February 16, 2017

Tim Kauffman

[email protected]

Head of Largest VA Union Urges Lawmakers to Protect Workers’ Representation Rights

Categories: Washington, D.C., VA, Congress, Official Time, Workers' Rights, Veterans, Labor, AFGE National President, Congressional Testimony

Use of official time by union representatives results in better care for veterans, AFGE leader says

WASHINGTON – The head of the largest union representing federal and D.C government workers today urged Congress and the Trump administration to protect the decades-old right of employees to have fair representation at the worksite.

In testimony delivered today before two House subcommittees, American Federation of Government Employees National President J. David Cox Sr. said employee representatives at the Department of Veterans Affairs have used the process called official time to work with employees and managers to resolve disputes, address issues of discrimination and retaliation, and effect improvements in the workplace that benefit veterans.

“Our members’ only goal is to deliver excellent care and services to our nation’s veterans,” Cox said in his prepared testimony before the House Veterans’ Affairs Subcommittee on Economic Opportunity and the House Oversight and Government Reform Subcommittee on Government Operations.

“Excellent, highly satisfied and dedicated employees are the VA’s most important resource and reasonable amounts of official time allows employees to participate directly in agency decisions that affect them.”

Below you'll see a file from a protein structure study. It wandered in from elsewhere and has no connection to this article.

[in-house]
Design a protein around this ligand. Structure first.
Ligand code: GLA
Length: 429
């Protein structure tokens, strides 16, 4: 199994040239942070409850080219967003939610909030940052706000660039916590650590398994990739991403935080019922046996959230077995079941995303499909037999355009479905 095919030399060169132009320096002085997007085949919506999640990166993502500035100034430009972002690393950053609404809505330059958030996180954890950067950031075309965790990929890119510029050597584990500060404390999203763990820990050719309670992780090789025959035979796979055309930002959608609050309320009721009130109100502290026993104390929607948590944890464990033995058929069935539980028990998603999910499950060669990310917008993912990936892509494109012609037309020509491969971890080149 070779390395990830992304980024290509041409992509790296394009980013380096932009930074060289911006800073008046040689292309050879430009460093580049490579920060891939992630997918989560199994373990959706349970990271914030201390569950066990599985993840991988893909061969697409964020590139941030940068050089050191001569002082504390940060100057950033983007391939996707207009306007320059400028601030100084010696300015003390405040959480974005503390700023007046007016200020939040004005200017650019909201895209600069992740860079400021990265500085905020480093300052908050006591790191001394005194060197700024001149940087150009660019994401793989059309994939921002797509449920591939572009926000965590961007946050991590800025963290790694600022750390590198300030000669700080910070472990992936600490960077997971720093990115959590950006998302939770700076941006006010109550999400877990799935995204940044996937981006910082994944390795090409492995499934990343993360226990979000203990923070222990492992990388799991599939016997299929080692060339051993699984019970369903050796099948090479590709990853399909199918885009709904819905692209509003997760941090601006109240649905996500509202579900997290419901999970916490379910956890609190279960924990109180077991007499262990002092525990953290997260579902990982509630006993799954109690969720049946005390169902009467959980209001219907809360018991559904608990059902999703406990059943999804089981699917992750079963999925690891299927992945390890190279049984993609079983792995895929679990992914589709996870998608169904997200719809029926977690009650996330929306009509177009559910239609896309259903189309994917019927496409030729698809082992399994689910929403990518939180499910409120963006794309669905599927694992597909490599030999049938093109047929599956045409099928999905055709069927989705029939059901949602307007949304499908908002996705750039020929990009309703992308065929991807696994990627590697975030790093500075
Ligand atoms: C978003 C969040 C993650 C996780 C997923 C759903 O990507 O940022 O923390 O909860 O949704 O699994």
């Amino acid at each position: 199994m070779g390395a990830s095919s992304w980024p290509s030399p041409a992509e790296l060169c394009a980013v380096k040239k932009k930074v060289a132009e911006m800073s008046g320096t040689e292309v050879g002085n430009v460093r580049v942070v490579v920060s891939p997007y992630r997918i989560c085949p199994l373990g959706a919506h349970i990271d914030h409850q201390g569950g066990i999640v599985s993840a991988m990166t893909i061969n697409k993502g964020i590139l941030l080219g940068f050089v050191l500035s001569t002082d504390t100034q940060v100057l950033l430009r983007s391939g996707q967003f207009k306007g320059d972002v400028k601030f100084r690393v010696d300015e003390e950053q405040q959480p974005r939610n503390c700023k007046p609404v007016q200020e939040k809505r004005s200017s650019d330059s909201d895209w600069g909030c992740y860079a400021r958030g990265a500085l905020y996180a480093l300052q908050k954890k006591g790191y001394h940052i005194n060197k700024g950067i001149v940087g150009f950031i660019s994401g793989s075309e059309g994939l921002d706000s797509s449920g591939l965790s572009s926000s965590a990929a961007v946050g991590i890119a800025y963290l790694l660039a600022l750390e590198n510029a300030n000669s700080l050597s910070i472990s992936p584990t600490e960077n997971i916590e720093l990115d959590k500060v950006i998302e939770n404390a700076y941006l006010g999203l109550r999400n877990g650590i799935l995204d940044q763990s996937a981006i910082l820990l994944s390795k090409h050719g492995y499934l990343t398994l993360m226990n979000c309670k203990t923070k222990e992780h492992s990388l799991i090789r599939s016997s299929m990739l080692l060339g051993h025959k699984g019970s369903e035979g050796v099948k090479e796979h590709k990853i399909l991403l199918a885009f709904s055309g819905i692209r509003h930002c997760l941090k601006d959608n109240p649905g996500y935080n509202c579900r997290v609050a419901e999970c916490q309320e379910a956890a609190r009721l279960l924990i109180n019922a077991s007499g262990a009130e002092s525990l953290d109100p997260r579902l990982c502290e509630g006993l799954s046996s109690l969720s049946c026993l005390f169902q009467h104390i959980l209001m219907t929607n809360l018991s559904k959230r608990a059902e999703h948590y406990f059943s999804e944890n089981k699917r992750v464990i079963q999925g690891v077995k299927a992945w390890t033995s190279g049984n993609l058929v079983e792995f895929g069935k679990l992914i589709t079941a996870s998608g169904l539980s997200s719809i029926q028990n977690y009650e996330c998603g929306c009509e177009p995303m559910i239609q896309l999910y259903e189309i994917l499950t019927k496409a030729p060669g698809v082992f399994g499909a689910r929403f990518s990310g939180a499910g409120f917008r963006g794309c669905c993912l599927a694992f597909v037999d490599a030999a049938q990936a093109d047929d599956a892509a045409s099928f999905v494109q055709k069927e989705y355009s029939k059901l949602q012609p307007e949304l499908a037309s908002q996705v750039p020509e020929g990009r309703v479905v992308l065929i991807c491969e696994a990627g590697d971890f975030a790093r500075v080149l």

By law, federal employee unions are required to represent all employees in the bargaining unit, not just those who choose to pay dues. For this reason, Congress established official time in 1978 to ensure that all workers receive fair representation whether they belong to the union or not.

Employees are allowed to use official time only to perform representational activities, such as setting procedures that protect employees from on-the-job injuries, enforcing protections from unlawful discrimination, creating fair promotion procedures, establishing flexible work hours, developing telework practices, providing workers with a voice in determining working conditions, and representing employees in grievances and disciplinary actions.

Union representatives are not allowed to use official time to conduct union-specific business such as organizing new members, holding internal union meetings, electing union officers, or engaging in partisan political activities.

“We take very seriously both our legal obligation to represent all members of our bargaining units, and the legal prohibitions against engaging in non-representational activities,” Cox said in his prepared statement. “AFGE representatives know the difference and act accordingly.”

Indeed, a recent Government Accountability Office report into the use of official time at the VA makes no suggestion or allegation of union wrongdoing regarding the use of official time. In fact, the report cites numerous examples of employee representatives using official time to improve employee-management relations, address emergent or chronic workplace issues, and improve the services that veterans receive.

The use of official time is subject to caps that are agreed upon by agencies and federal unions.

President Cox rejected the argument by those opposed to any union representation in the federal workplace that the VA’s chronic understaffing problems could be solved by ending official time and returning those employees to their agency jobs fulltime.

“To place the blame for VA understaffing on this small element of the Department’s operations is ludicrous,” Cox said.

“Participation of employees’ elected representatives in improving the VA and adding value to VA and the whole federal government needs to continue so we can all accomplish the goal of providing the best services. We urge Congress and the Administration not to undermine a system that has a proven track record of success in improving government.”

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